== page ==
Cyber security is one of the hottest topics in high technology and law enforcement. Behind the scenes, hidden in dark rooms and attacking via electrical conduits, hackers are trying to compromise banks, businesses, and government agencies. The Federal Government's agencies are scrambling to keep pace with the black-hat hackers and are thus seeking to train top computing talent to lend a hand in this vital area.
Computer science students are likewise taking note and are filling up cyber security courses at their colleges and universities. Since many of them desire careers in this exciting field, cyber security students are looking for internships that will provide the experience necessary to launch a successful career.
This page is dedicated to guiding students toward success as a cyber security intern. Keep reading to pick up tips for landing the best internship and a brief list of just some of the internships offered for top students.
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What Types of Positions Can You Commonly Fill as an Intern?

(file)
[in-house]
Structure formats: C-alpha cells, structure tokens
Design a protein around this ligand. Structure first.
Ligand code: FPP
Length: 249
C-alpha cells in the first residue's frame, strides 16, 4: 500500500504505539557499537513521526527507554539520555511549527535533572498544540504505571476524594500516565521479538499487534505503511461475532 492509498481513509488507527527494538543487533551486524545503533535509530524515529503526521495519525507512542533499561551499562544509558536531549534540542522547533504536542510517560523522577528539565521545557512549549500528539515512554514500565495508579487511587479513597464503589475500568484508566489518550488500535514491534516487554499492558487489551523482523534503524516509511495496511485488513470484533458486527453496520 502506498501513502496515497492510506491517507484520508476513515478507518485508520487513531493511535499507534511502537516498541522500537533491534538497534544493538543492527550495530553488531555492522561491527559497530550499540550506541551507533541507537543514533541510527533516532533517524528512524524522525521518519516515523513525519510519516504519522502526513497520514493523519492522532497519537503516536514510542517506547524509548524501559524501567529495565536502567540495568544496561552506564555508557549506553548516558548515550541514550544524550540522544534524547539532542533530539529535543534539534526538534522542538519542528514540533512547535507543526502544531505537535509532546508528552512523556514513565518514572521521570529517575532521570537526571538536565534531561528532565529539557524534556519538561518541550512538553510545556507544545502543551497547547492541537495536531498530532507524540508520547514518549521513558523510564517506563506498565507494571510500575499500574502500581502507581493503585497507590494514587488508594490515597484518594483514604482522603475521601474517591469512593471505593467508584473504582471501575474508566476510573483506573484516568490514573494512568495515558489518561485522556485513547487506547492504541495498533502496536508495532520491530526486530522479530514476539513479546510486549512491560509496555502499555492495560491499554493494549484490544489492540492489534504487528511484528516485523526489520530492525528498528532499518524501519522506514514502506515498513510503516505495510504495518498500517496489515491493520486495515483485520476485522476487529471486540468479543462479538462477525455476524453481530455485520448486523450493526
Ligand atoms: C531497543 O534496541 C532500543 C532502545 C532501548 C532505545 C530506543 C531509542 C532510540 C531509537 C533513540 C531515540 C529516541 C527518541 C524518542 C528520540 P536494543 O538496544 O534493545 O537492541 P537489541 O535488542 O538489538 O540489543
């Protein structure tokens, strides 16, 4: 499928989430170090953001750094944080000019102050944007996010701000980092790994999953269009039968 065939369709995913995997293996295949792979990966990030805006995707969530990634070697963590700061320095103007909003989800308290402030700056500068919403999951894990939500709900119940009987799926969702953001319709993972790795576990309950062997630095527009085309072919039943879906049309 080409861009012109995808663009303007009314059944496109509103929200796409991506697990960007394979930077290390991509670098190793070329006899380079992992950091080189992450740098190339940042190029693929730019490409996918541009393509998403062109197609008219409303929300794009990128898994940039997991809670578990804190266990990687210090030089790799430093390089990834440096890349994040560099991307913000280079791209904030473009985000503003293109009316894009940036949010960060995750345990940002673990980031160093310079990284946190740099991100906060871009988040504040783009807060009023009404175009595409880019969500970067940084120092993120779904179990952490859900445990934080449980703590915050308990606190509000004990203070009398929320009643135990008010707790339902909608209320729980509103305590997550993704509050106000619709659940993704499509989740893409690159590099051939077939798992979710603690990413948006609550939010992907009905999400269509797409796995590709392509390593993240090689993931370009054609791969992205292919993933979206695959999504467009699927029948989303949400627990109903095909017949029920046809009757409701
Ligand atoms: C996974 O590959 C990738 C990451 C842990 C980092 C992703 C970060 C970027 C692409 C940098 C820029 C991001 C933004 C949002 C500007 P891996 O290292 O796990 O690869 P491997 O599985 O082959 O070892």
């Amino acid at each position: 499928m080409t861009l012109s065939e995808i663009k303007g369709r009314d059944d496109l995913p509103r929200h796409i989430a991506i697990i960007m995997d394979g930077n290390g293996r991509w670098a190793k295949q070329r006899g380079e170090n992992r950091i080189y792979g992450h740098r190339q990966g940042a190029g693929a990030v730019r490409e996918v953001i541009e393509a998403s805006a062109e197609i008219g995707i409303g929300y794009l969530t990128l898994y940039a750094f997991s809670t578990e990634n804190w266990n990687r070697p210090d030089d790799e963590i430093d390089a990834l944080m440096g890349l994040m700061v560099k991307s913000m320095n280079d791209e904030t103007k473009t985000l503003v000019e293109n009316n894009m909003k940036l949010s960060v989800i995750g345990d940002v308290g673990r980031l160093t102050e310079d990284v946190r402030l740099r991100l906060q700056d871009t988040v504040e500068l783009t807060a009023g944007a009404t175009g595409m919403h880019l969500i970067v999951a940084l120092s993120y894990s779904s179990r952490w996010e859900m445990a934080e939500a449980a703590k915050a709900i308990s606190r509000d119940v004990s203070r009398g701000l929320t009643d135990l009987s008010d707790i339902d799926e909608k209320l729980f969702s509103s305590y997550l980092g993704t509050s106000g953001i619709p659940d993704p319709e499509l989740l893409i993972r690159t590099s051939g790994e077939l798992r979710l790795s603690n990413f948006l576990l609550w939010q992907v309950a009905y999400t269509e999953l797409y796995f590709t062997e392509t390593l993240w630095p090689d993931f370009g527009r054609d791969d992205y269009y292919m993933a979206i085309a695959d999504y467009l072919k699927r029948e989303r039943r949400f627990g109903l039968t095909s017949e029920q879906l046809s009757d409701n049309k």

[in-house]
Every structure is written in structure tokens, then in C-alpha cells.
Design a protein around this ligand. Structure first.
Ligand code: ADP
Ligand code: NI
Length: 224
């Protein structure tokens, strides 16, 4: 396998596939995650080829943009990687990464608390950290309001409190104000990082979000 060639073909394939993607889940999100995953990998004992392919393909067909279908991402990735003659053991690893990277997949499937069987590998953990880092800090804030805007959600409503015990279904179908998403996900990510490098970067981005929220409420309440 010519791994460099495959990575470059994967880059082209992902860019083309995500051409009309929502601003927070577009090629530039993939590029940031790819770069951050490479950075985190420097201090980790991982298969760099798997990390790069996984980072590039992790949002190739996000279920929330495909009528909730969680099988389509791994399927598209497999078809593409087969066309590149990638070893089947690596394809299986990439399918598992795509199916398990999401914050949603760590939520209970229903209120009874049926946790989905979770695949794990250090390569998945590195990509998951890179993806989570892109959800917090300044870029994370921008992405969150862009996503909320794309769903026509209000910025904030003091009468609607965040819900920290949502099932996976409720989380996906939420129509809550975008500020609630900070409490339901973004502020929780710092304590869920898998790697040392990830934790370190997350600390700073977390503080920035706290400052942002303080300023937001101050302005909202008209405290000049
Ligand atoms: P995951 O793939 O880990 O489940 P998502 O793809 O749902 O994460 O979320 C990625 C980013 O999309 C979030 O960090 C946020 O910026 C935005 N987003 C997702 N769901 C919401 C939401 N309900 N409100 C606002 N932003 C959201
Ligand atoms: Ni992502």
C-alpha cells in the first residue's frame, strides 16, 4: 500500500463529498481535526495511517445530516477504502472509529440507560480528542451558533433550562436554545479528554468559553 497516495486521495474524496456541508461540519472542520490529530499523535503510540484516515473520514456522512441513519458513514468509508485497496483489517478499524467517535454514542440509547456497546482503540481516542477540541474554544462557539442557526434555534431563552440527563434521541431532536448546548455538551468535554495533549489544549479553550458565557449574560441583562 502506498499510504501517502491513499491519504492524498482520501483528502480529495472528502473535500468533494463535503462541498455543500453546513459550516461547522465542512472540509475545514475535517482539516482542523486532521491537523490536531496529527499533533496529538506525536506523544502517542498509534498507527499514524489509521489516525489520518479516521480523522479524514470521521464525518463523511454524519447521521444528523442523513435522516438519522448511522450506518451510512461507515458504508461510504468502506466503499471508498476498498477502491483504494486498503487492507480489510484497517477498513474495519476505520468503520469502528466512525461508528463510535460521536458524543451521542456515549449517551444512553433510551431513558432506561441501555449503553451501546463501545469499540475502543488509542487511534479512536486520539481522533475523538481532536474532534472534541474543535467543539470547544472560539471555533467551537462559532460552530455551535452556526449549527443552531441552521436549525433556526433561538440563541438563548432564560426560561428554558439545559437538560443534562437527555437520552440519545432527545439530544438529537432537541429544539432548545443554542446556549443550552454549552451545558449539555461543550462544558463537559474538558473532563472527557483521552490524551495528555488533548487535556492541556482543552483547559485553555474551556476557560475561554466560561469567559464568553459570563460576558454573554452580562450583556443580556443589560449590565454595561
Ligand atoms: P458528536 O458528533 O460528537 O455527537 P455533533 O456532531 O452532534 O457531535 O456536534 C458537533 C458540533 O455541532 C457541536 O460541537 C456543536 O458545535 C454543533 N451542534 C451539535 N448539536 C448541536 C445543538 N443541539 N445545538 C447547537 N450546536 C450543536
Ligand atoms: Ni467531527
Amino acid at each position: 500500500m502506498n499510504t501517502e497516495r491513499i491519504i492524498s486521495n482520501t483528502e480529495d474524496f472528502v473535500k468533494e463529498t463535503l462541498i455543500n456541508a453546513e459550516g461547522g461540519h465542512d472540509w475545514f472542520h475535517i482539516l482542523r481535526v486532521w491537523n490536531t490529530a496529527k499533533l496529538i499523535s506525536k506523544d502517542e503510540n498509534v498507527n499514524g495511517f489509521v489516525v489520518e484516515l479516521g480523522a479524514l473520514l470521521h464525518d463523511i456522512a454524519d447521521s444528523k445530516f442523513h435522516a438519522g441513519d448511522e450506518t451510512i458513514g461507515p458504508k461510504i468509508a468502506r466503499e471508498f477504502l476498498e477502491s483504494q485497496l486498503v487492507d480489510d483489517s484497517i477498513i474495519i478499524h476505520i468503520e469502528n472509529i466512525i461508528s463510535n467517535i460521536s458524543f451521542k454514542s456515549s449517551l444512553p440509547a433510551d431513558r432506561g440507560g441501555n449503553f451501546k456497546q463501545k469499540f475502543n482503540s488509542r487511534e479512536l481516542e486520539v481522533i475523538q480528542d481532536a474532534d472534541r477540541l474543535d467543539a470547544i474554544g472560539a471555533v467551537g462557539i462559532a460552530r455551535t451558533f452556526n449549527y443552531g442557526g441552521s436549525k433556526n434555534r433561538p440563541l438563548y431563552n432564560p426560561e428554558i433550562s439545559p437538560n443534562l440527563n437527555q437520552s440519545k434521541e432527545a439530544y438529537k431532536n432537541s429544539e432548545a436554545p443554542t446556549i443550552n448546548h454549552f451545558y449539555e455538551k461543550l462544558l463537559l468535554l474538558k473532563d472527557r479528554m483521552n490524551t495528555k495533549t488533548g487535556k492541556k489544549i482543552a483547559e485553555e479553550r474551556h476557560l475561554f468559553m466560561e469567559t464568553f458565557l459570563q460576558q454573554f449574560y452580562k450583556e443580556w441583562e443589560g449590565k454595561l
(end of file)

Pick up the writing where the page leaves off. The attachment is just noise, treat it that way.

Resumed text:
Cyber security internships involve a wide range of duties and tasks. Often, interns may be asked to pick up the slack and fill certain gaps that full-time employees are unable to attend to. For instance, an intern may be utilized in a research capacity to determine what threats may be coming on the horizon. They may also be needed to design new methods for penetration testing and other ethical hacking activities. Some interns may conduct an audit of how an organization approaches its cyber security and provide a report to their supervisor.
Other interns may be thrust onto the front line to support professionals during an active cyber-attack. During some attacks, cyber security professionals need to be on their terminals thwarting a cascade of attacks as they come. Thus, interns can be there to support the professionals or get to work researching the problem and devising new solutions or approaches. If an attack occurs during their tenure, cyber security interns can demonstrate their true mettle.
How Can Internships Help You?
- Real-world Experience:
Internships offer an eye-opening view into the world of work. Students can take advantage of their experience as interns to observe how corporate or government organizations truly work. Sometimes, interns are asked to do menial tasks, but those types of chores form the backbone of major projects and corporate initiatives.
- Learning About Various Positions:
Interns are often in a position where they are floating around an organization, reporting to a manager but also working with support staff, calling vendors, etc. From this "fly on the wall" vantage, interns can learn plenty about each person and their cybersecurity position in the organization.